scipy.stats.skew(a, axis=0, bias=True, nan_policy='propagate', *, keepdims=False)[source]#

Compute the sample skewness of a data set.

For normally distributed data, the skewness should be about zero. For unimodal continuous distributions, a skewness value greater than zero means that there is more weight in the right tail of the distribution. The function skewtest can be used to determine if the skewness value is close enough to zero, statistically speaking.


Input array.

axisint or None, default: 0

If an int, the axis of the input along which to compute the statistic. The statistic of each axis-slice (e.g. row) of the input will appear in a corresponding element of the output. If None, the input will be raveled before computing the statistic.

biasbool, optional

If False, then the calculations are corrected for statistical bias.

nan_policy{‘propagate’, ‘omit’, ‘raise’}

Defines how to handle input NaNs.

  • propagate: if a NaN is present in the axis slice (e.g. row) along which the statistic is computed, the corresponding entry of the output will be NaN.

  • omit: NaNs will be omitted when performing the calculation. If insufficient data remains in the axis slice along which the statistic is computed, the corresponding entry of the output will be NaN.

  • raise: if a NaN is present, a ValueError will be raised.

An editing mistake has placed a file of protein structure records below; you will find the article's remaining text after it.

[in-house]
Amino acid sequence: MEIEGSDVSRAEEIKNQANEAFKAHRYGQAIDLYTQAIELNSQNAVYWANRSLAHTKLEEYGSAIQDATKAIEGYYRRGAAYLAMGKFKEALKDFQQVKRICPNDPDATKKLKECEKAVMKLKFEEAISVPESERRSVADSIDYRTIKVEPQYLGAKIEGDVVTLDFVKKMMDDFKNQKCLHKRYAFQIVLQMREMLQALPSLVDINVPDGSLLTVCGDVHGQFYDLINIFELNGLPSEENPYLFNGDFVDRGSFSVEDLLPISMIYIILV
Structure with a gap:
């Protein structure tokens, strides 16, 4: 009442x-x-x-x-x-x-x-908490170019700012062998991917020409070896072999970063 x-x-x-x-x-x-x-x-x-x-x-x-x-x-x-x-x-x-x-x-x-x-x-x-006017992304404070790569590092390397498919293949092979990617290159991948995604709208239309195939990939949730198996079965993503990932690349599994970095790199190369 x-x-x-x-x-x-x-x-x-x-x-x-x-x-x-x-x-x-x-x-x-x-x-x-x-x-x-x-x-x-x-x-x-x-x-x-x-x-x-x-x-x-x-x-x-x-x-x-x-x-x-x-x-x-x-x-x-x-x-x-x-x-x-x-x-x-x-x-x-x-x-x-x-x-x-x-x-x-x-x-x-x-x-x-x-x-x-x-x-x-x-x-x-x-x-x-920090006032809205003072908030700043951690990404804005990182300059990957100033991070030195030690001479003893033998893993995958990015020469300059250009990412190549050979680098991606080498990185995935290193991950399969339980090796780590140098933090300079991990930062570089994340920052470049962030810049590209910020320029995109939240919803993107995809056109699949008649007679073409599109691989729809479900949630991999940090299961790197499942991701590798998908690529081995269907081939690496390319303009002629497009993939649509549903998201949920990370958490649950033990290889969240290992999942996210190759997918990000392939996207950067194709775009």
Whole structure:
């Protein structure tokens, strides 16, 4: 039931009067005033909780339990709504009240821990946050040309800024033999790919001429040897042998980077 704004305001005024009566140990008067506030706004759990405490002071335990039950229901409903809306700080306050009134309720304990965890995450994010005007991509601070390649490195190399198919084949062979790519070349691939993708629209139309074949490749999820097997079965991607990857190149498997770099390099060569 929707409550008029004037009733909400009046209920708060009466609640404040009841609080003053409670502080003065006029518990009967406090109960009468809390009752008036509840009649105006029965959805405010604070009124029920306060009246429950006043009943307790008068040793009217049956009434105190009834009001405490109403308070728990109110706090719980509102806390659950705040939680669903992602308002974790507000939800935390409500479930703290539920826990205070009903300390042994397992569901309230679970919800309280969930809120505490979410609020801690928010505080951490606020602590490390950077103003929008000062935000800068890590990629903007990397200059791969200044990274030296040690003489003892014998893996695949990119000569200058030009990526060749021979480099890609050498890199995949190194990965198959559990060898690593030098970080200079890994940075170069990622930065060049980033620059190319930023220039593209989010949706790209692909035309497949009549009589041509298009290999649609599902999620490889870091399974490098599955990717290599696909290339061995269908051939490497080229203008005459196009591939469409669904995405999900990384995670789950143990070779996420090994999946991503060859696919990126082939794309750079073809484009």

keepdimsbool, default: False

If this is set to True, the axes which are reduced are left in the result as dimensions with size one. With this option, the result will broadcast correctly against the input array.


The skewness of values along an axis, returning NaN where all values are equal.


The sample skewness is computed as the Fisher-Pearson coefficient of skewness, i.e.




is the biased sample \(i\texttt{th}\) central moment, and \(\bar{x}\) is the sample mean. If bias is False, the calculations are corrected for bias and the value computed is the adjusted Fisher-Pearson standardized moment coefficient, i.e.

\[G_1=\frac{k_3}{k_2^{3/2}}= \frac{\sqrt{N(N-1)}}{N-2}\frac{m_3}{m_2^{3/2}}.\]

Beginning in SciPy 1.9, np.matrix inputs (not recommended for new code) are converted to np.ndarray before the calculation is performed. In this case, the output will be a scalar or np.ndarray of appropriate shape rather than a 2D np.matrix. Similarly, while masked elements of masked arrays are ignored, the output will be a scalar or np.ndarray rather than a masked array with mask=False.



Zwillinger, D. and Kokoska, S. (2000). CRC Standard Probability and Statistics Tables and Formulae. Chapman & Hall: New York. 2000. Section


>>> from scipy.stats import skew
>>> skew([1, 2, 3, 4, 5])
>>> skew([2, 8, 0, 4, 1, 9, 9, 0])